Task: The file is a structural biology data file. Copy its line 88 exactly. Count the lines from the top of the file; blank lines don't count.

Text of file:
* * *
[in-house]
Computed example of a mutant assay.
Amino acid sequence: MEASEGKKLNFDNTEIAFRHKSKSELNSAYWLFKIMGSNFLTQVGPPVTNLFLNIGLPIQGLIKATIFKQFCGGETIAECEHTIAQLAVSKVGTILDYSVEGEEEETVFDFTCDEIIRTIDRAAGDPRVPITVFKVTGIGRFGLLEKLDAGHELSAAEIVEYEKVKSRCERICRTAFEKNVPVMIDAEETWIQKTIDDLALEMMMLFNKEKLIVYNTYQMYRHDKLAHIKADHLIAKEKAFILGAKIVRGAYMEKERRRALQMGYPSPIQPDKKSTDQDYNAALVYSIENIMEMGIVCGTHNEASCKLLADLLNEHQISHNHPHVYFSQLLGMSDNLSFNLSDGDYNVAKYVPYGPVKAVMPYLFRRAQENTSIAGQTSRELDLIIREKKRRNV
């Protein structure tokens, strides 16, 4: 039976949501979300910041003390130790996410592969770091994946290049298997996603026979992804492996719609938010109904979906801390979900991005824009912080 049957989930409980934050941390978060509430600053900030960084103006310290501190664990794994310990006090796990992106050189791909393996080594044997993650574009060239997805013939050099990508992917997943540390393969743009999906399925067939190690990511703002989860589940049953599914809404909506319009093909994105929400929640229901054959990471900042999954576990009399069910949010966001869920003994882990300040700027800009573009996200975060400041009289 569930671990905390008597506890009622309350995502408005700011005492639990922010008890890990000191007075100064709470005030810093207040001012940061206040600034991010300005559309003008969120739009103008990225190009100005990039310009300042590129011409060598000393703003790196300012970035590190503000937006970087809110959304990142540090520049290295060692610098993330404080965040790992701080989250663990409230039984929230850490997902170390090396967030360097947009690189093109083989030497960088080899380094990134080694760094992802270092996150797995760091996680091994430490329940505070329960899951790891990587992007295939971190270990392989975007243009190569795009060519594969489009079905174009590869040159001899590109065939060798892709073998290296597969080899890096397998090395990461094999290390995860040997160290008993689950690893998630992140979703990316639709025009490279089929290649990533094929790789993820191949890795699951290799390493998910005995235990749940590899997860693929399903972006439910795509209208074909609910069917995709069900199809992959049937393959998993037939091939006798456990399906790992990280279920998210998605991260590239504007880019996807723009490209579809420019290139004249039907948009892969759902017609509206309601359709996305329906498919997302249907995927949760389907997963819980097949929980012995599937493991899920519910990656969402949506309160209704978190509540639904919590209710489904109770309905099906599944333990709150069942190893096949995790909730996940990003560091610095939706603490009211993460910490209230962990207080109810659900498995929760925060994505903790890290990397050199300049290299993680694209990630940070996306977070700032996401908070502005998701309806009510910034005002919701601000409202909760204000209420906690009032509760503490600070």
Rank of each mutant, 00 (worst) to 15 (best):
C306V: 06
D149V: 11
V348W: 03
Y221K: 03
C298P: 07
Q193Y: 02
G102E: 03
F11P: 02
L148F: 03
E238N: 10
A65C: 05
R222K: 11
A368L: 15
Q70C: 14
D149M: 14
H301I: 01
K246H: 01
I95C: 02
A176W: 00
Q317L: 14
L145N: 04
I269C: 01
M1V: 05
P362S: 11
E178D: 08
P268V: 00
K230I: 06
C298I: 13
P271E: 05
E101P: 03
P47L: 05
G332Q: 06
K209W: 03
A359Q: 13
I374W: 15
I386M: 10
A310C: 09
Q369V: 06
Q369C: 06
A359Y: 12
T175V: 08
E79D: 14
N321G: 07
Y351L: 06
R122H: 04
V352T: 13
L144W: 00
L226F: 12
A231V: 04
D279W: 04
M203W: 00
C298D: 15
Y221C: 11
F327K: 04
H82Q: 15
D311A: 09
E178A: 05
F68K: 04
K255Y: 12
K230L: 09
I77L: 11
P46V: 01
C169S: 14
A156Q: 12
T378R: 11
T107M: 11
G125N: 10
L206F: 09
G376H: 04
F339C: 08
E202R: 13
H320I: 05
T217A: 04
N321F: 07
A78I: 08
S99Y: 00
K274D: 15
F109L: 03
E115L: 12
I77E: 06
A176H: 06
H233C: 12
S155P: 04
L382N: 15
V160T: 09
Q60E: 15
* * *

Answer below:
S155P: 04